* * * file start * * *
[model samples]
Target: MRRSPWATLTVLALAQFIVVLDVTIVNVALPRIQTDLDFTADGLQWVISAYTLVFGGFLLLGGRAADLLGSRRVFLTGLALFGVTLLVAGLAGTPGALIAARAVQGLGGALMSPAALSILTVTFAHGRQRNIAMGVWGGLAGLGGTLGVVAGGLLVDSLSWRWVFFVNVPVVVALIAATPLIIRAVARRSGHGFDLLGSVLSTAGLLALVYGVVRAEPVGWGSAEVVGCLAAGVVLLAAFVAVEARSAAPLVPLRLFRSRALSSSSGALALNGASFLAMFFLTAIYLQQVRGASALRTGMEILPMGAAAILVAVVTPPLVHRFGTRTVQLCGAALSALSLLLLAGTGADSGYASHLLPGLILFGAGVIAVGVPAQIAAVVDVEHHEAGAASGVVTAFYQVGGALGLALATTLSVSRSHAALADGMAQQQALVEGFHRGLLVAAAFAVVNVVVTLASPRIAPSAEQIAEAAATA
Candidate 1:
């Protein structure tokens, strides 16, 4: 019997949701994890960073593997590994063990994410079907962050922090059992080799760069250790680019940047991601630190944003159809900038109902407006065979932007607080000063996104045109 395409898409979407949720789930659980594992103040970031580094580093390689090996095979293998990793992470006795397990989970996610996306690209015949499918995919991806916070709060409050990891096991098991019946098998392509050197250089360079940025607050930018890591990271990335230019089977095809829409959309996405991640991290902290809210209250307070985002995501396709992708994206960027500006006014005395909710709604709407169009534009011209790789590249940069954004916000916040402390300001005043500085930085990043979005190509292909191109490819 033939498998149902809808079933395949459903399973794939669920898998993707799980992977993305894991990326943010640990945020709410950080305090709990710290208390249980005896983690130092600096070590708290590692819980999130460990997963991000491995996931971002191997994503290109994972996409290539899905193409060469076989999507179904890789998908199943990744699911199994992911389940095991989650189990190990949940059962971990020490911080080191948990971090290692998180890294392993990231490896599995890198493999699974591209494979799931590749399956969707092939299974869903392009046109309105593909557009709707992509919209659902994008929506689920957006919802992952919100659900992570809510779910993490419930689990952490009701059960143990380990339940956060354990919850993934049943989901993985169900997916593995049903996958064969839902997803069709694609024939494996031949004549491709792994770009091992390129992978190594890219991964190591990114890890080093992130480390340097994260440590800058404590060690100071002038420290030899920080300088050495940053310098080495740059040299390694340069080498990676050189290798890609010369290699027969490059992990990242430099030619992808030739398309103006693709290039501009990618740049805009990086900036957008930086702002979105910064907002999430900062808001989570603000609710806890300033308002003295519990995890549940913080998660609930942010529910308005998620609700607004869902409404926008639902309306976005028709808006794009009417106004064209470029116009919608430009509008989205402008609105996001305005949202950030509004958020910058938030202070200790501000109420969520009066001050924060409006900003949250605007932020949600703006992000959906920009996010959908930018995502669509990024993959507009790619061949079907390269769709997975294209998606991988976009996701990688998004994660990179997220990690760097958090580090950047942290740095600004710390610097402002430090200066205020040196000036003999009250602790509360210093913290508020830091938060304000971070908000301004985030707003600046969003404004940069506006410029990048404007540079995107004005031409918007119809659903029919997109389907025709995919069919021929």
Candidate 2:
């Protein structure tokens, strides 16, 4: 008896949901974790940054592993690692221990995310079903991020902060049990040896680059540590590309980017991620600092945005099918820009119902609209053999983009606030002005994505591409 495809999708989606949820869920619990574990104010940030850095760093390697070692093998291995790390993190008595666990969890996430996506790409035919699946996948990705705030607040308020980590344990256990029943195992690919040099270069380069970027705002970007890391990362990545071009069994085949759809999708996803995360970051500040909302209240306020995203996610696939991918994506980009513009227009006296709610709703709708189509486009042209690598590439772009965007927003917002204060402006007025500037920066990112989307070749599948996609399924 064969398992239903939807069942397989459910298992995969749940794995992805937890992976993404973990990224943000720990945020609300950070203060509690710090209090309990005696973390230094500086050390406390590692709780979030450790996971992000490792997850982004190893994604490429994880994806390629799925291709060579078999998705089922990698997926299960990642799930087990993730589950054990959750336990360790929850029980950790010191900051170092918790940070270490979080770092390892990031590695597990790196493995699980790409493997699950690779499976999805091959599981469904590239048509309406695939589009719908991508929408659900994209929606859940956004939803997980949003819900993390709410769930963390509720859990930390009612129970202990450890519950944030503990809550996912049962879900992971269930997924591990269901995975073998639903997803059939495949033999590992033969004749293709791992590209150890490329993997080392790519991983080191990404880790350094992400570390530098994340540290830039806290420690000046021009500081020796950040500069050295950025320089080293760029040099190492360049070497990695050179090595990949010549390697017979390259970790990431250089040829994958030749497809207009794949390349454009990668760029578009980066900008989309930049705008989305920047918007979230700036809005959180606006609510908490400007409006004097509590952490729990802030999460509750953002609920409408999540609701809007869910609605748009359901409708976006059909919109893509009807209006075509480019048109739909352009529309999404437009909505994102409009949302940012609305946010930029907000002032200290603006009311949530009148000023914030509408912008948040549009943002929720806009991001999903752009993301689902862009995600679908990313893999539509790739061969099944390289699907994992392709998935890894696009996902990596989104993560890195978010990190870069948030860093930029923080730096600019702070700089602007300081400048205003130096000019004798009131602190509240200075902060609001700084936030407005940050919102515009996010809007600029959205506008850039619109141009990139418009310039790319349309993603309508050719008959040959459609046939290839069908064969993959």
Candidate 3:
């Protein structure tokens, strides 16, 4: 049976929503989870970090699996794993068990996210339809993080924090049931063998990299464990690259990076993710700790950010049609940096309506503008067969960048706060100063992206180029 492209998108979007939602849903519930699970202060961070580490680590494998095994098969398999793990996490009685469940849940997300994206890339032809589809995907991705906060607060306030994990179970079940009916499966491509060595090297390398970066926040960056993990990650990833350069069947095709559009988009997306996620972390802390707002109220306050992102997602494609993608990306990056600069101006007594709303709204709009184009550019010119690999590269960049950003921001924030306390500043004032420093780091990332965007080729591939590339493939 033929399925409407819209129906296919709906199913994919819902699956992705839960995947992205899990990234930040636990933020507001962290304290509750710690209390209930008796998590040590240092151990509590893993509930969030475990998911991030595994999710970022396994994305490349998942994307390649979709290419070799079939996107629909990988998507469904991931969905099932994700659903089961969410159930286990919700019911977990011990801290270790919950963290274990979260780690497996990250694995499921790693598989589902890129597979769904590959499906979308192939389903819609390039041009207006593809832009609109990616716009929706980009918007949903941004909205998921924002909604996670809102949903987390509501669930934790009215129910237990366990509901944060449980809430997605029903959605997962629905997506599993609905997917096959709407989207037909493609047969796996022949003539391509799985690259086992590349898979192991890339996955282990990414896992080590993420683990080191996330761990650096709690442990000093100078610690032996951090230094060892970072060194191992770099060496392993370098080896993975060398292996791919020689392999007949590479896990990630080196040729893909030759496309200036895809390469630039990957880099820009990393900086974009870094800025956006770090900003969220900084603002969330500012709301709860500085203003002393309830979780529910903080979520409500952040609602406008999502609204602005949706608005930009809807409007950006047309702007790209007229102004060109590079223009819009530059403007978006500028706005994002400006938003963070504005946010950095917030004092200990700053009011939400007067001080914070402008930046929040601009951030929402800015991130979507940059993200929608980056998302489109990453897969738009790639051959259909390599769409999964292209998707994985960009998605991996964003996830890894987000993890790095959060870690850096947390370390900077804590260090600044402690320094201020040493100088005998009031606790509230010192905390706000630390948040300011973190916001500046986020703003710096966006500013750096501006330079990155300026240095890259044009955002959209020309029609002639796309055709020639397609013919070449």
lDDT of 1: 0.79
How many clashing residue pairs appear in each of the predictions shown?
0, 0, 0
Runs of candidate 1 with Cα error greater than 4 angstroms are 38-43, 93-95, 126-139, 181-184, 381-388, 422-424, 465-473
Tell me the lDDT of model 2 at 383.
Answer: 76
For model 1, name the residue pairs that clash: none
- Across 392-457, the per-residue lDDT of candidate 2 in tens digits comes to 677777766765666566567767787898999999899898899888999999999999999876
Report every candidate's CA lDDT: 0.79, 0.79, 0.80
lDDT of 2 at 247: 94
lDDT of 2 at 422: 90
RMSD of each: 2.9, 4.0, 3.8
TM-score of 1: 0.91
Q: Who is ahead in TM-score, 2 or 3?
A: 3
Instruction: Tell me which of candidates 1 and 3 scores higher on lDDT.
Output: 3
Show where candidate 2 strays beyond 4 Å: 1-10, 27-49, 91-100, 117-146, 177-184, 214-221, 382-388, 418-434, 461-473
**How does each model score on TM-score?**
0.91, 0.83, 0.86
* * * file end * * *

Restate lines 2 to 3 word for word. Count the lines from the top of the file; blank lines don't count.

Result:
Target: MRRSPWATLTVLALAQFIVVLDVTIVNVALPRIQTDLDFTADGLQWVISAYTLVFGGFLLLGGRAADLLGSRRVFLTGLALFGVTLLVAGLAGTPGALIAARAVQGLGGALMSPAALSILTVTFAHGRQRNIAMGVWGGLAGLGGTLGVVAGGLLVDSLSWRWVFFVNVPVVVALIAATPLIIRAVARRSGHGFDLLGSVLSTAGLLALVYGVVRAEPVGWGSAEVVGCLAAGVVLLAAFVAVEARSAAPLVPLRLFRSRALSSSSGALALNGASFLAMFFLTAIYLQQVRGASALRTGMEILPMGAAAILVAVVTPPLVHRFGTRTVQLCGAALSALSLLLLAGTGADSGYASHLLPGLILFGAGVIAVGVPAQIAAVVDVEHHEAGAASGVVTAFYQVGGALGLALATTLSVSRSHAALADGMAQQQALVEGFHRGLLVAAAFAVVNVVVTLASPRIAPSAEQIAEAAATA
Candidate 1: